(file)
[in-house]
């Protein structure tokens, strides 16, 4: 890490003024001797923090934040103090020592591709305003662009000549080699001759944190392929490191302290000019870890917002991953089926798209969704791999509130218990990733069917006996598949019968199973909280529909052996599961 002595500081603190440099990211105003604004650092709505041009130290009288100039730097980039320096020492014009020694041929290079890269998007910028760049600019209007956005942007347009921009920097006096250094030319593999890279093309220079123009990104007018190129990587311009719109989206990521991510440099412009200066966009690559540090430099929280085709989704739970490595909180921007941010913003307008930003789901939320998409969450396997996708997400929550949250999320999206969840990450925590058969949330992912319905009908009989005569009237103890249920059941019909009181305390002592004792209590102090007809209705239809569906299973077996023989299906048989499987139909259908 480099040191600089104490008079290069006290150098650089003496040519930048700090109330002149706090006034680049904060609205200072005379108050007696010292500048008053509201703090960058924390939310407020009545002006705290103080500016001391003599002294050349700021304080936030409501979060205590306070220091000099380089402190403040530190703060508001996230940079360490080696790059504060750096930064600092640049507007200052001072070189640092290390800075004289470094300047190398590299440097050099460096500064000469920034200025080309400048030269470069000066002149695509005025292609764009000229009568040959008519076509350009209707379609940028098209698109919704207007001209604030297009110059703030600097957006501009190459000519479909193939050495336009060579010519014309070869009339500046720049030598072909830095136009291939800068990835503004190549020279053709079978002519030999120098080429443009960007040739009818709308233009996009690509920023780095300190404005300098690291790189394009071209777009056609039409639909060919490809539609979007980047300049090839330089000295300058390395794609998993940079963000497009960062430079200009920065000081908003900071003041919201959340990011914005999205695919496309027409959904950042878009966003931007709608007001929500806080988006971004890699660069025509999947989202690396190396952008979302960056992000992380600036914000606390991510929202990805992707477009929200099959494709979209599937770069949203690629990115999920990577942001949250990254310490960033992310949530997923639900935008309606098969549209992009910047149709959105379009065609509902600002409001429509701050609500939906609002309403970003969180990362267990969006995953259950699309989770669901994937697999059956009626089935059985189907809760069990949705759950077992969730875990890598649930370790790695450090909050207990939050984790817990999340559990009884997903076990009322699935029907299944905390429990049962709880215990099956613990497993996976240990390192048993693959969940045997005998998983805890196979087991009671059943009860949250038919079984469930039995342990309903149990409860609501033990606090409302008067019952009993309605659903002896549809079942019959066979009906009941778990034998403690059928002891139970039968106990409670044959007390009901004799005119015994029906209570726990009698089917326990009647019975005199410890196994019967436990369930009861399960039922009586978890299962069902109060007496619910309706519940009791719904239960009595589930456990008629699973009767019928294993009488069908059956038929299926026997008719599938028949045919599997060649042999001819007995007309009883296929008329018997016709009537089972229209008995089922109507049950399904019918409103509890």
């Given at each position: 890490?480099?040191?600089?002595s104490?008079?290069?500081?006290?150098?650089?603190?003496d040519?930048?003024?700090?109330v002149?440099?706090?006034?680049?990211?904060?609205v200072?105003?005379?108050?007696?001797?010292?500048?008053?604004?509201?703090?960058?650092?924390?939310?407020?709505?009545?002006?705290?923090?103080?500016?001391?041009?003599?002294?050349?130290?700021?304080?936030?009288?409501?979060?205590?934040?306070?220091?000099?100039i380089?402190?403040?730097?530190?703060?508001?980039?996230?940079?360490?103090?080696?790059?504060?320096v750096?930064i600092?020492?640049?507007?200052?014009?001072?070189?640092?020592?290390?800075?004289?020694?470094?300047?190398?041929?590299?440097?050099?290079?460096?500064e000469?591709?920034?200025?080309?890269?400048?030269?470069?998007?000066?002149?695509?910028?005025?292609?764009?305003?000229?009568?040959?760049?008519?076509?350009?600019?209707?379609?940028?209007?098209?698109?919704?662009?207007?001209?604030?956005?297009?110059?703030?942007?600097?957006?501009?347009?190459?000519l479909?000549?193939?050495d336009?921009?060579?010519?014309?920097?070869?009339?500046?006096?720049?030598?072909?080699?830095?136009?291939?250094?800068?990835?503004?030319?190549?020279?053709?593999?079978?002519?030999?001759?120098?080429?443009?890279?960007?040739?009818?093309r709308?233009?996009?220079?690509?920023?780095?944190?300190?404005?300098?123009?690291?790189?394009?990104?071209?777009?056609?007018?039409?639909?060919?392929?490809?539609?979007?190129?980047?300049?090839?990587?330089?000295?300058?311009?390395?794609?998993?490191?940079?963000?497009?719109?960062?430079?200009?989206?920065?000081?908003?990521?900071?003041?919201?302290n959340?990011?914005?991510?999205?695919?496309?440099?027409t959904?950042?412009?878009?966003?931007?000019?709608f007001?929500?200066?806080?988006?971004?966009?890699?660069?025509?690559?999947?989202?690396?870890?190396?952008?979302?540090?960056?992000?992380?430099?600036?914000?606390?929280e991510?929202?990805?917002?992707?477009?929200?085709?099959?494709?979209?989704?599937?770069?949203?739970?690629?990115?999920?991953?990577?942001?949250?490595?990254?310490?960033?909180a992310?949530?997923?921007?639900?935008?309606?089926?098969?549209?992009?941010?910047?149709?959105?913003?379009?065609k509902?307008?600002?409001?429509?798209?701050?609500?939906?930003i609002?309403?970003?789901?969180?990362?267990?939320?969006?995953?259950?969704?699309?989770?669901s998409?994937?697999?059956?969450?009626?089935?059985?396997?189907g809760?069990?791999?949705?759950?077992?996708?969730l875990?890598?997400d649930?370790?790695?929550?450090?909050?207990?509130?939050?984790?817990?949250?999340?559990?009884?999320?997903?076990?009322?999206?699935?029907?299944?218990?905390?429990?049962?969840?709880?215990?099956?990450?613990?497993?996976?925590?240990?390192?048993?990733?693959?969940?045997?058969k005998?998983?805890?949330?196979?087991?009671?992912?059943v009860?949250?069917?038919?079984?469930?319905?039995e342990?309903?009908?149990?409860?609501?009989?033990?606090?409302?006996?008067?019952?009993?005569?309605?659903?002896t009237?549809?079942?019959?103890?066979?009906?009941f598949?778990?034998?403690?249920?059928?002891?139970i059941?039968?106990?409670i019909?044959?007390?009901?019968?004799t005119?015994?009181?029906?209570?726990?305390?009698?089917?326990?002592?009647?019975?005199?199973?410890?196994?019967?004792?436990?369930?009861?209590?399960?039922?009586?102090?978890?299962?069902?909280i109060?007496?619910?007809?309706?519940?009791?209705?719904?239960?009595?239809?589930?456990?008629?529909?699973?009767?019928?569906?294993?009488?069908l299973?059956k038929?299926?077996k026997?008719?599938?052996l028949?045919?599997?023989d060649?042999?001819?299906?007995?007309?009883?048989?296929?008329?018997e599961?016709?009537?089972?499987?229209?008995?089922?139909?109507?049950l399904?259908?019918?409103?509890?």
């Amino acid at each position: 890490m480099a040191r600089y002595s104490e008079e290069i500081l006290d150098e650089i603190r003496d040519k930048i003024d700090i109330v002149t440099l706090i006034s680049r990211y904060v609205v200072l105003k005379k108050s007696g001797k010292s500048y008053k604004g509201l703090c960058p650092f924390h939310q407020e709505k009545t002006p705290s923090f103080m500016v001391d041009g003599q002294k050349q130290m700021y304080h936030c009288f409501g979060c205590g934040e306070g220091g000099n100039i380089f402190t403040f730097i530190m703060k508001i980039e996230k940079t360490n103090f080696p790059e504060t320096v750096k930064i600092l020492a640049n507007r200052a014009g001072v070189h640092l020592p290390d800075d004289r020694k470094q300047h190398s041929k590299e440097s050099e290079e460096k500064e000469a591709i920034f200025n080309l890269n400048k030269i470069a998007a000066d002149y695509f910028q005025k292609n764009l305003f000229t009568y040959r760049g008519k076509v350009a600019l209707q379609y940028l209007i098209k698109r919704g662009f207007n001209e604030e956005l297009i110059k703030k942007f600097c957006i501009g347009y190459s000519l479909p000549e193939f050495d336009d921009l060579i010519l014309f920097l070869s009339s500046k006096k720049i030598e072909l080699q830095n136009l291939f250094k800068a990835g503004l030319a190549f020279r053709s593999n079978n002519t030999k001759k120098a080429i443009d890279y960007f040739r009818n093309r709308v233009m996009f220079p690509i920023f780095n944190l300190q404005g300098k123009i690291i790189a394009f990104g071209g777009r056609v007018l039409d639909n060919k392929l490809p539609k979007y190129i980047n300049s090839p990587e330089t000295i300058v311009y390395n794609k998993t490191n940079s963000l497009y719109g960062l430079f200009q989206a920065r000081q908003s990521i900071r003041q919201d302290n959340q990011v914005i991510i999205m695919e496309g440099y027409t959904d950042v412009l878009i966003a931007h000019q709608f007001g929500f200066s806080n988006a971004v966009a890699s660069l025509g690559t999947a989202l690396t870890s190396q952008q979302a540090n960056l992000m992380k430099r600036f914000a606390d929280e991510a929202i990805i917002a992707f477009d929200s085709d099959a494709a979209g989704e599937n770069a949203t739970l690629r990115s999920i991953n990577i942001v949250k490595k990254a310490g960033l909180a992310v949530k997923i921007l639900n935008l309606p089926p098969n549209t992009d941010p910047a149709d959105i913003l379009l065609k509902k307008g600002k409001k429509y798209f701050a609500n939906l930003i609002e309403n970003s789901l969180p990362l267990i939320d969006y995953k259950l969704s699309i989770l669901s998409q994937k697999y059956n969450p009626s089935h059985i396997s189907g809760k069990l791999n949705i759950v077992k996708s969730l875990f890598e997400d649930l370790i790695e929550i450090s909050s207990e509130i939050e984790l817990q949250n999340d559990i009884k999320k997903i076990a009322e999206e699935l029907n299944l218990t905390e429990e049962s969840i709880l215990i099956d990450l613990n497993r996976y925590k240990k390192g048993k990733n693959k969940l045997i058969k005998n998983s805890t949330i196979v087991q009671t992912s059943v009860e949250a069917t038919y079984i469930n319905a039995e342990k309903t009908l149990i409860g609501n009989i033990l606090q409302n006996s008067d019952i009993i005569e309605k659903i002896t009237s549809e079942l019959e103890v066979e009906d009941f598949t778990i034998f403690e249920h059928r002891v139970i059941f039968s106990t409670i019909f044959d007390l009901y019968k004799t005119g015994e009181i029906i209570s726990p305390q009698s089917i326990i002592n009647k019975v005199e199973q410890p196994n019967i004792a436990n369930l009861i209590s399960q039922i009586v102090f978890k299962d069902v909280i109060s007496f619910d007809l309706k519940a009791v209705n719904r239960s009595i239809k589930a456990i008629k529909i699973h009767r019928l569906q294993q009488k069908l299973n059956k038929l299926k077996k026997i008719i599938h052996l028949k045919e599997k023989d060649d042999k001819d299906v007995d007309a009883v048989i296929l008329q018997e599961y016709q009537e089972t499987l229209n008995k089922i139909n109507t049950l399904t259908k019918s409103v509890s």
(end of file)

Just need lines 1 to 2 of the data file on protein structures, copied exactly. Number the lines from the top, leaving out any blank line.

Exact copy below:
[in-house]
């Protein structure tokens, strides 16, 4: 890490003024001797923090934040103090020592591709305003662009000549080699001759944190392929490191302290000019870890917002991953089926798209969704791999509130218990990733069917006996598949019968199973909280529909052996599961 002595500081603190440099990211105003604004650092709505041009130290009288100039730097980039320096020492014009020694041929290079890269998007910028760049600019209007956005942007347009921009920097006096250094030319593999890279093309220079123009990104007018190129990587311009719109989206990521991510440099412009200066966009690559540090430099929280085709989704739970490595909180921007941010913003307008930003789901939320998409969450396997996708997400929550949250999320999206969840990450925590058969949330992912319905009908009989005569009237103890249920059941019909009181305390002592004792209590102090007809209705239809569906299973077996023989299906048989499987139909259908 480099040191600089104490008079290069006290150098650089003496040519930048700090109330002149706090006034680049904060609205200072005379108050007696010292500048008053509201703090960058924390939310407020009545002006705290103080500016001391003599002294050349700021304080936030409501979060205590306070220091000099380089402190403040530190703060508001996230940079360490080696790059504060750096930064600092640049507007200052001072070189640092290390800075004289470094300047190398590299440097050099460096500064000469920034200025080309400048030269470069000066002149695509005025292609764009000229009568040959008519076509350009209707379609940028098209698109919704207007001209604030297009110059703030600097957006501009190459000519479909193939050495336009060579010519014309070869009339500046720049030598072909830095136009291939800068990835503004190549020279053709079978002519030999120098080429443009960007040739009818709308233009996009690509920023780095300190404005300098690291790189394009071209777009056609039409639909060919490809539609979007980047300049090839330089000295300058390395794609998993940079963000497009960062430079200009920065000081908003900071003041919201959340990011914005999205695919496309027409959904950042878009966003931007709608007001929500806080988006971004890699660069025509999947989202690396190396952008979302960056992000992380600036914000606390991510929202990805992707477009929200099959494709979209599937770069949203690629990115999920990577942001949250990254310490960033992310949530997923639900935008309606098969549209992009910047149709959105379009065609509902600002409001429509701050609500939906609002309403970003969180990362267990969006995953259950699309989770669901994937697999059956009626089935059985189907809760069990949705759950077992969730875990890598649930370790790695450090909050207990939050984790817990999340559990009884997903076990009322699935029907299944905390429990049962709880215990099956613990497993996976240990390192048993693959969940045997005998998983805890196979087991009671059943009860949250038919079984469930039995342990309903149990409860609501033990606090409302008067019952009993309605659903002896549809079942019959066979009906009941778990034998403690059928002891139970039968106990409670044959007390009901004799005119015994029906209570726990009698089917326990009647019975005199410890196994019967436990369930009861399960039922009586978890299962069902109060007496619910309706519940009791719904239960009595589930456990008629699973009767019928294993009488069908059956038929299926026997008719599938028949045919599997060649042999001819007995007309009883296929008329018997016709009537089972229209008995089922109507049950399904019918409103509890």